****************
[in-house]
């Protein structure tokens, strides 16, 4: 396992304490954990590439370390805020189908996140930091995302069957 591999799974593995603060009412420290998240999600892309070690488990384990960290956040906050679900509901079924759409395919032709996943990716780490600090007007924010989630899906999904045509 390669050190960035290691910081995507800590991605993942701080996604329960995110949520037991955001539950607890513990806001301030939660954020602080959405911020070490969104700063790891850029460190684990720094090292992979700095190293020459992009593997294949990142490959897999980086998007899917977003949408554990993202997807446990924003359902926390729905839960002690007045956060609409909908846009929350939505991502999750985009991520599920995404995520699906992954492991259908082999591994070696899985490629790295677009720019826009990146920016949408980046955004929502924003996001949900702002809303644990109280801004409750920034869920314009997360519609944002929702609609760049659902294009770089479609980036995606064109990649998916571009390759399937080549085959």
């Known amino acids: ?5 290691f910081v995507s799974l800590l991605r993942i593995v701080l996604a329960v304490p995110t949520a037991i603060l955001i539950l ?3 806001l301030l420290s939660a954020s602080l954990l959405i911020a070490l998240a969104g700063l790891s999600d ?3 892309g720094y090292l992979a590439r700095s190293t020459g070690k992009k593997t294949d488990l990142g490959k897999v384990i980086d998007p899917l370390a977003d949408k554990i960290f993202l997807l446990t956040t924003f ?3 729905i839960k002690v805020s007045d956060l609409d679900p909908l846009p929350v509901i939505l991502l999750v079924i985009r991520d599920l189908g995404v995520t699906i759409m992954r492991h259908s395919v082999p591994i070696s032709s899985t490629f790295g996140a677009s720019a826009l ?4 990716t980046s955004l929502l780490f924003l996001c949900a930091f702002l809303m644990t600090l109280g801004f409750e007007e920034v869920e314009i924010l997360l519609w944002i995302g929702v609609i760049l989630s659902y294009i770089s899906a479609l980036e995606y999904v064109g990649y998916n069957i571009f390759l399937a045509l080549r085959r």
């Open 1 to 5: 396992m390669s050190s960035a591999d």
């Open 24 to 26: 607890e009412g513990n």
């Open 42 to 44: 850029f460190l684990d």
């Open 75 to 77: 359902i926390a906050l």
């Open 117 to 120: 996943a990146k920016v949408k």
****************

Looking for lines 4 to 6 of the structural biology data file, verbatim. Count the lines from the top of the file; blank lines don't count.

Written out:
């Open 1 to 5: 396992m390669s050190s960035a591999d």
């Open 24 to 26: 607890e009412g513990n």
């Open 42 to 44: 850029f460190l684990d």